Second amendment surprise

Having lived through very few global, or even national, crises, I’m taking stock in the behavior of those around me. There’s a significant difference between how some react to stress personally and how they react to stress as a member of a group. Runs on supplies, hoarding, and general rudeness shouldn’t be the American response towards adversity. Altogether, I can’t say I am proud of the way many of my neighbors have behaved during this period of national anxiety.

One such instance of irrational behavior is the crowding of gun stores and ammunition centers. While I’d be a hypocrite for criticizing others for purchasing a firearm, it seems the nature of these purchases are largely knee-jerk, fear responses. It’s one thing to purchase a weapon as a hunter, or as a tool for home defense , or even as a deep-seated appreciation for the aesthetic. It’s another, far more concerning, thing to watch the news and come to the conclusion that the coming times will warrant a weapon. I’m reminded of that scene from Ghostbusters (1984): “Mass hysteria!”

It’s not my intention to be the gatekeeper of responsible firearms ownership. Certainly I’ve received more than my share of cautions from range officers in the past. But in talking with my local shop’s staff, first-time purchases are through the roof but beginners’ class registrations are not. Surely if you believe that you may need to use a gun to protect yourself, then attending a class that explicitly enhances your ability to do so would be essential. I suppose in this particular global crisis proximity to others in a classroom setting is a valid concern. Even still, I am led to believe that it is not the ability to defend one’s self but merely the capability to do so that provides reassurance to these new gun owners.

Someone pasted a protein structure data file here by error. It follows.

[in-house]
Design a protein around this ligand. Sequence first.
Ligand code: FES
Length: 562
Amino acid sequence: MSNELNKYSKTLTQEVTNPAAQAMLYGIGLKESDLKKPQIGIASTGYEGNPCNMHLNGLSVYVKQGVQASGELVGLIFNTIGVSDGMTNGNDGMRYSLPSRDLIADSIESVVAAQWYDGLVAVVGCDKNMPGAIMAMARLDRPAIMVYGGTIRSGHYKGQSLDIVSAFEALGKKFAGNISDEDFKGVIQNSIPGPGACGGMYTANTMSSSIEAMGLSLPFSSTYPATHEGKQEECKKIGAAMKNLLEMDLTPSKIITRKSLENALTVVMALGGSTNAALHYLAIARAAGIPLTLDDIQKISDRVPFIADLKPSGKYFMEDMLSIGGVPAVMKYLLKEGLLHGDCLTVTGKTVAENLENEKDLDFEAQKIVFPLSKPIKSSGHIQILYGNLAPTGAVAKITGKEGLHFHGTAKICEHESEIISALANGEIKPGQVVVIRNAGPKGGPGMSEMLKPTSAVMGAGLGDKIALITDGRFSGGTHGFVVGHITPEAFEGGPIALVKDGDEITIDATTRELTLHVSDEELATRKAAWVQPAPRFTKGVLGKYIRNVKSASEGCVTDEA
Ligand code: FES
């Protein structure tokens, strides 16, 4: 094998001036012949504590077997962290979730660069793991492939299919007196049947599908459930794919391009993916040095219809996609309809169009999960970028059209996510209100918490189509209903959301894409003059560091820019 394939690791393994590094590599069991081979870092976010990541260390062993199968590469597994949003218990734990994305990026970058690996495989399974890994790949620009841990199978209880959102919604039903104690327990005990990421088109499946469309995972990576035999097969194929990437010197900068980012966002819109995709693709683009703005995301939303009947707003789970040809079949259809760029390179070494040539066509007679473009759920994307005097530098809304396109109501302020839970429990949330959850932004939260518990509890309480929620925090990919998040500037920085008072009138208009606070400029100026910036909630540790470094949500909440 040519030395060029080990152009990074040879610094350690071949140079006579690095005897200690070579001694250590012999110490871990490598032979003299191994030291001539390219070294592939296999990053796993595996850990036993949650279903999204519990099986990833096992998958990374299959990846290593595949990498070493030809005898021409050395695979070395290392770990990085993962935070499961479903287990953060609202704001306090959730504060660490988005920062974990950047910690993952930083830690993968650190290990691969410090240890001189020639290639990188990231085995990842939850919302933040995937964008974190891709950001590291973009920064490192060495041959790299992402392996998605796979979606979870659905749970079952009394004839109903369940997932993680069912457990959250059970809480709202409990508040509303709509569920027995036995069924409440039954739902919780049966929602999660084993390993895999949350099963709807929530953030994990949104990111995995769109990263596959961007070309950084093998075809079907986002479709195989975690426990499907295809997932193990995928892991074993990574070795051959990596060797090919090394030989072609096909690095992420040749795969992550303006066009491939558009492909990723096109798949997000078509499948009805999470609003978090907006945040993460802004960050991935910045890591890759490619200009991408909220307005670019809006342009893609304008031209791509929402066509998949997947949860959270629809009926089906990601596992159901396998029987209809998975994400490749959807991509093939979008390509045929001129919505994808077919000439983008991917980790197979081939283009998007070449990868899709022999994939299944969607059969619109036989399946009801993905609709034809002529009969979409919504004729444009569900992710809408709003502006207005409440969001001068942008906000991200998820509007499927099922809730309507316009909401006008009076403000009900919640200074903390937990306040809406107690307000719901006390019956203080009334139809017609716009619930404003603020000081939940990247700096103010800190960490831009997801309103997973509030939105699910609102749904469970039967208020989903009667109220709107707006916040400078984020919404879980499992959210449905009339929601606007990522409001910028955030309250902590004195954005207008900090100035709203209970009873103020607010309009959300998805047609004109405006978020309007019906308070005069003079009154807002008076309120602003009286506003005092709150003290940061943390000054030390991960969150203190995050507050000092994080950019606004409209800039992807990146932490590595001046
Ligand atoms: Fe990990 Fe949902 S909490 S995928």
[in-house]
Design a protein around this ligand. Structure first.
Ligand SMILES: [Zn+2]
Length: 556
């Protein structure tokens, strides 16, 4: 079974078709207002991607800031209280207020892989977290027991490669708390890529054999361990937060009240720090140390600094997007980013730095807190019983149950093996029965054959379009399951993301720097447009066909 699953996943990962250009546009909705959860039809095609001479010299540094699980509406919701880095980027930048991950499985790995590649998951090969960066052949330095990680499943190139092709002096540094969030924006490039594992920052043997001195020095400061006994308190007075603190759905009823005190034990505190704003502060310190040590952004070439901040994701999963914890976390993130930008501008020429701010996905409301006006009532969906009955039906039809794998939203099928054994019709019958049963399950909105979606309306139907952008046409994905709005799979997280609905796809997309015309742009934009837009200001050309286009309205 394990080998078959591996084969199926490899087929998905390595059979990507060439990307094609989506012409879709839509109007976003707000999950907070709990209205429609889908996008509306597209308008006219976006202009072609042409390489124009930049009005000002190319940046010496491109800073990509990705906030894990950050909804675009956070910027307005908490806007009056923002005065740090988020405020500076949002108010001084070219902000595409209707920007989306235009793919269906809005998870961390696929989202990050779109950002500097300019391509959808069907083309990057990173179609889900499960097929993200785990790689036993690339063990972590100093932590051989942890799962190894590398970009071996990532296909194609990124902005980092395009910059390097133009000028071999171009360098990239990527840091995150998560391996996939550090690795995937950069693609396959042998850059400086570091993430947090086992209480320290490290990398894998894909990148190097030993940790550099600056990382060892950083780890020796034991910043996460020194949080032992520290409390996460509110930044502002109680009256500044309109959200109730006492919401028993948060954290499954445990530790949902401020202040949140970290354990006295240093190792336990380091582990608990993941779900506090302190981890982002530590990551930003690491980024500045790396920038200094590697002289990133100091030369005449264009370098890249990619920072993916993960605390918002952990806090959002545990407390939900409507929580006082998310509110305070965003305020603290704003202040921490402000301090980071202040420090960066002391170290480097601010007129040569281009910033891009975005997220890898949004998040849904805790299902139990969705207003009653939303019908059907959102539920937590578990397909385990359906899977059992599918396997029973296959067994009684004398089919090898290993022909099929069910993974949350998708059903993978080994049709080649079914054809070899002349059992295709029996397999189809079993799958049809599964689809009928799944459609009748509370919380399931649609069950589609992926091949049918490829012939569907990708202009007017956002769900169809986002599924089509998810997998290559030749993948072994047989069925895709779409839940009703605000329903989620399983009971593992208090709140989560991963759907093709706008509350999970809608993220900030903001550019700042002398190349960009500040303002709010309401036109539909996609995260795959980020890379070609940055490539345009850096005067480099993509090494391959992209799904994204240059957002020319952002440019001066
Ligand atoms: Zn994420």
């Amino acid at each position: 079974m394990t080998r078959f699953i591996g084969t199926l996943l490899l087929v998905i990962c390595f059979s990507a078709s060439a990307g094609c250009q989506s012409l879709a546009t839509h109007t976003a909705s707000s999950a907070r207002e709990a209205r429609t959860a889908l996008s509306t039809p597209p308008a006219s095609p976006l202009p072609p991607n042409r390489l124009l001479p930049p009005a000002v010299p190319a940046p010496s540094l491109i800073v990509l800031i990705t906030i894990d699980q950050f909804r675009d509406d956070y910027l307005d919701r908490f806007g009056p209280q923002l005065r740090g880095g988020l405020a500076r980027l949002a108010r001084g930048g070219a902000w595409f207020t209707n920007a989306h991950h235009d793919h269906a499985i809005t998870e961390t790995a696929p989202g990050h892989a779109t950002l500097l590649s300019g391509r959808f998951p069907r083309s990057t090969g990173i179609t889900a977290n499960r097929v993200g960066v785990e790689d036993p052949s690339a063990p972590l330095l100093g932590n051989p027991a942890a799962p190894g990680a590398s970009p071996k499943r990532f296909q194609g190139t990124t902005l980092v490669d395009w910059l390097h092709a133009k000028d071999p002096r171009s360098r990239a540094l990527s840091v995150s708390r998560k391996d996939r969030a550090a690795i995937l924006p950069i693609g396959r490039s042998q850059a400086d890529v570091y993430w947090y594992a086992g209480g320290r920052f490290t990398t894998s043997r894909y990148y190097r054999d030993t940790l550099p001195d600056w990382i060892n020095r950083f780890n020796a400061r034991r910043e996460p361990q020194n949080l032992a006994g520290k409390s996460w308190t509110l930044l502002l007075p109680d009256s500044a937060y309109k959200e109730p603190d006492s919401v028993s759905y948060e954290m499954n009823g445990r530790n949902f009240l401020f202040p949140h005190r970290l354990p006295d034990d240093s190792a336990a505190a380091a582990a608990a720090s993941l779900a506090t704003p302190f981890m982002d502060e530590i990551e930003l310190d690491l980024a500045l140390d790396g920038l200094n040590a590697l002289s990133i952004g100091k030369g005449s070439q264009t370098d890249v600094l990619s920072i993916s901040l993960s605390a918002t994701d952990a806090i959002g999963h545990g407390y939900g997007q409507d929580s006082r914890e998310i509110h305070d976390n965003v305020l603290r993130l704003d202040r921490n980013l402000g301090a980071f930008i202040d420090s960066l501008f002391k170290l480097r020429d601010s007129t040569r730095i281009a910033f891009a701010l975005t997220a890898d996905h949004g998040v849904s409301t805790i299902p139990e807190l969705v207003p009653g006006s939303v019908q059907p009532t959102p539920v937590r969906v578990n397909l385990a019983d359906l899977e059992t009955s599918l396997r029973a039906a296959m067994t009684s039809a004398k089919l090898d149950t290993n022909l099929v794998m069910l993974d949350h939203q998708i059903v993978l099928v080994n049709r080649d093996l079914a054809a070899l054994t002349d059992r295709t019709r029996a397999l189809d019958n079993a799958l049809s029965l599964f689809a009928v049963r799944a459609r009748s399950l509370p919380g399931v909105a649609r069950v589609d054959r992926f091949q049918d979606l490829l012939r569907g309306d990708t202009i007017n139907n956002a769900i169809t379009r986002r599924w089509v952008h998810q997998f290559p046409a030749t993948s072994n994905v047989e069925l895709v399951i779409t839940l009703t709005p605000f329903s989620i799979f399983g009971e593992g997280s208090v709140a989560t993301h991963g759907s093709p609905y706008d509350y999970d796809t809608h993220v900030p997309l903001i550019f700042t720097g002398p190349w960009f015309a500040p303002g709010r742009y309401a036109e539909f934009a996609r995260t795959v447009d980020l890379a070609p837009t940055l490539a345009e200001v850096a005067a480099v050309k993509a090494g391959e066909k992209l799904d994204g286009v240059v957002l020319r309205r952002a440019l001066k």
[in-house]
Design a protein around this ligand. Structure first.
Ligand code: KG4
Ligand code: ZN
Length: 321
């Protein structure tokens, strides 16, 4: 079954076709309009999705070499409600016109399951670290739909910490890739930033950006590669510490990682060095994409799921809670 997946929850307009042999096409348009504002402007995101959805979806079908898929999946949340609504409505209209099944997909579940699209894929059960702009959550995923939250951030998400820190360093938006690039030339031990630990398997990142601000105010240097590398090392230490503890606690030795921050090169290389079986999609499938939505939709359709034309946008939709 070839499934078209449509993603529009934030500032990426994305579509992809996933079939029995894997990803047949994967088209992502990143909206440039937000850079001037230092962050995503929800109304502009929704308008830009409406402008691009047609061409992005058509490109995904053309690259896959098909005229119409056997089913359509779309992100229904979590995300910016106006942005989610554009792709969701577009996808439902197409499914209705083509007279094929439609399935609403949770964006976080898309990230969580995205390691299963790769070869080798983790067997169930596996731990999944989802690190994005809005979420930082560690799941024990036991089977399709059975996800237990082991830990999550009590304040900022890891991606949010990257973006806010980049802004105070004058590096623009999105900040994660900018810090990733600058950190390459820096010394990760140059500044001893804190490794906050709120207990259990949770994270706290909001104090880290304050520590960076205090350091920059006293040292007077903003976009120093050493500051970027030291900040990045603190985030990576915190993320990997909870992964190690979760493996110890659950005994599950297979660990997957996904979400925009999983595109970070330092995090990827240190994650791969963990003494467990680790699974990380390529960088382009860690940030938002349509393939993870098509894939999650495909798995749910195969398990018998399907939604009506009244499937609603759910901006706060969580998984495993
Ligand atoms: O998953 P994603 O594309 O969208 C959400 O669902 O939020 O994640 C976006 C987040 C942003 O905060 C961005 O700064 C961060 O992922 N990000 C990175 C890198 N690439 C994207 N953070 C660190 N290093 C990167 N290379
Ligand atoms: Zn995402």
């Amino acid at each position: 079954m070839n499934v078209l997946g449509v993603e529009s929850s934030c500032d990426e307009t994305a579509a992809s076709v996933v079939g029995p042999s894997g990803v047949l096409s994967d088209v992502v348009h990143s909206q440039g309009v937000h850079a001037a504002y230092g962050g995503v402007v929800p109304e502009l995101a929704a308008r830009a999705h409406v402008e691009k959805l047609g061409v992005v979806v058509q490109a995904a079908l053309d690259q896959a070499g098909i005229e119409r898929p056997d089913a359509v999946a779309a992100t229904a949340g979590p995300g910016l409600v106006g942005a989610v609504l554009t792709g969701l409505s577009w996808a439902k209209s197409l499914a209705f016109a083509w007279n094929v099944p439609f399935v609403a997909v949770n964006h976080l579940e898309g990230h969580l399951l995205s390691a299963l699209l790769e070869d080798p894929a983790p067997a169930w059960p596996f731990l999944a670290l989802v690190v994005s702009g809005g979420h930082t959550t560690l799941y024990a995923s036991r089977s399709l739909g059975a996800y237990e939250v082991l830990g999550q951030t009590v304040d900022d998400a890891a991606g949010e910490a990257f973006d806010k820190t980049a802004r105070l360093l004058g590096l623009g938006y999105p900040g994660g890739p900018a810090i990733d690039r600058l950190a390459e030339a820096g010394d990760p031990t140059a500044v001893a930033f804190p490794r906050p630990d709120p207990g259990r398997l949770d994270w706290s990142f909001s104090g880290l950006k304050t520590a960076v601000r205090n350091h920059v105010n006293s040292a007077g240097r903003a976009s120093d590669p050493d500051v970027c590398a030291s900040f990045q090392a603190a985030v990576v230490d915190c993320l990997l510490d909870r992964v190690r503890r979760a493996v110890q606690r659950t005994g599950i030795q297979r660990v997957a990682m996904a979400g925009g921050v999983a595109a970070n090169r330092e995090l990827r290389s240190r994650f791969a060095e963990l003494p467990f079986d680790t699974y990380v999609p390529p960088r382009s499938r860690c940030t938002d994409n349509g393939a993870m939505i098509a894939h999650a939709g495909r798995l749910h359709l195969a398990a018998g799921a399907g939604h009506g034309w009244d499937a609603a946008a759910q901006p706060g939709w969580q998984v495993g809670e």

Ultimately, in a few months the crisis will end and a few things will happen:

  1. Gun stores will see a rash of trade-ins and returns
  2. Class registration may see a small bump from new owners finally deciding to learn how to use the deadly weapon they acquired
  3. Gun ownership will become a less partisan issue as more people will have had firsthand experience, even by simple virtue of ownership, with guns

All in all, so long as the crisis doesn’t interrupt food distribution I’m not expecting my backyard to turn into a scene from Mad Max.

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